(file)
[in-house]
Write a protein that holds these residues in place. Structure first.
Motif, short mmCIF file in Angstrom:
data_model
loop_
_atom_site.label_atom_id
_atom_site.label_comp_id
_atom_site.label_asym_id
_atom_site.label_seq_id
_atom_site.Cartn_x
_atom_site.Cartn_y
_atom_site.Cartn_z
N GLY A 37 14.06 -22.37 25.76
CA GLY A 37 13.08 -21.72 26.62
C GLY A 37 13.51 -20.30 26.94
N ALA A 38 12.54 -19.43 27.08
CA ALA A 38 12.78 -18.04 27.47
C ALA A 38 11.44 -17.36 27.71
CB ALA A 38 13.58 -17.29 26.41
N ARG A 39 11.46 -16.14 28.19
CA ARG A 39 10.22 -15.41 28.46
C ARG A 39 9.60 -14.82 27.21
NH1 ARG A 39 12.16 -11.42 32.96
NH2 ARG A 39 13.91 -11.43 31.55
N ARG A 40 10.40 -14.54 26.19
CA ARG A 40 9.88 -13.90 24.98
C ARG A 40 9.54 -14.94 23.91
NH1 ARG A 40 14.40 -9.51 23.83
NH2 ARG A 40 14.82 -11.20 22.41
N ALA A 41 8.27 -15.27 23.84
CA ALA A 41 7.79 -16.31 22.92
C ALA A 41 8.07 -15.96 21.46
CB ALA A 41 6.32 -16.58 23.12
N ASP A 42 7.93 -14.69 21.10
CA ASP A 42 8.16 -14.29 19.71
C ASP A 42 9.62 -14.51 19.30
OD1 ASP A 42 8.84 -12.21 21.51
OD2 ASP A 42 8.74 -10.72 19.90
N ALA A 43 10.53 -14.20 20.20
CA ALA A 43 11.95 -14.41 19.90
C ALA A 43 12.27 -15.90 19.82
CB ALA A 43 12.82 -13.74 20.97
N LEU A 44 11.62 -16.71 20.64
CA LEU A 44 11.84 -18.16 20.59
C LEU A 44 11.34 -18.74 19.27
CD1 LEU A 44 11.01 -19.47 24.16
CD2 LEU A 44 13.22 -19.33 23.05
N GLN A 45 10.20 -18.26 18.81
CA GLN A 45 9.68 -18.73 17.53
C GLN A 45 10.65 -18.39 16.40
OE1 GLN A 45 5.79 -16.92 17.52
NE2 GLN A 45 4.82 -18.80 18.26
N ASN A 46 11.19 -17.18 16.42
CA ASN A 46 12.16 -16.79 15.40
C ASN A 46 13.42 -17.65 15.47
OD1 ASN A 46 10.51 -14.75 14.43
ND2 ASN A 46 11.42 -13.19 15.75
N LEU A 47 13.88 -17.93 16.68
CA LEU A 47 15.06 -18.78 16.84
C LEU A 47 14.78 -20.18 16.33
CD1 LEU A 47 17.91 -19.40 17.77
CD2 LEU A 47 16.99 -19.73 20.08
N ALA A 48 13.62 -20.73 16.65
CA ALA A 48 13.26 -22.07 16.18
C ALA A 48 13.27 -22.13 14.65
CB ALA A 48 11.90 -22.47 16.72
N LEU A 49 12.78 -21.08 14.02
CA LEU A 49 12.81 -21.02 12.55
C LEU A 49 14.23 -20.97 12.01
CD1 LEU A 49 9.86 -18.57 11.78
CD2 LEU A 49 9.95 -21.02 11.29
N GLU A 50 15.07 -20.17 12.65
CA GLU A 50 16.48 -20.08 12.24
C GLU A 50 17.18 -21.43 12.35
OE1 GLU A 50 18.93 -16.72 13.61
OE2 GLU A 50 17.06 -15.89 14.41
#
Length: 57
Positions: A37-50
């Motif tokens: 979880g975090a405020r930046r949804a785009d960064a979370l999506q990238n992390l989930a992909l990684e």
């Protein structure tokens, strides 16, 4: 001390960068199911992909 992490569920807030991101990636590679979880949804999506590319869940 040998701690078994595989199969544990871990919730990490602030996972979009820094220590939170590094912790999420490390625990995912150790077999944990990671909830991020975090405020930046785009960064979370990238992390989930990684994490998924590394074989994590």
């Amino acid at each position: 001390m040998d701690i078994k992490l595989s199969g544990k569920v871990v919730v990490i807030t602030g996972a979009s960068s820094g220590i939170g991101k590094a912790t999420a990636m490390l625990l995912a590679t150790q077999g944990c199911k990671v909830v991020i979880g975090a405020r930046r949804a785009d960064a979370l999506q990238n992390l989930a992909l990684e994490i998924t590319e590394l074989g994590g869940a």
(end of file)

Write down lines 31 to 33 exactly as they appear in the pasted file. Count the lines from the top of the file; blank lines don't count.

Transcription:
CA ALA A 41 7.79 -16.31 22.92
C ALA A 41 8.07 -15.96 21.46
CB ALA A 41 6.32 -16.58 23.12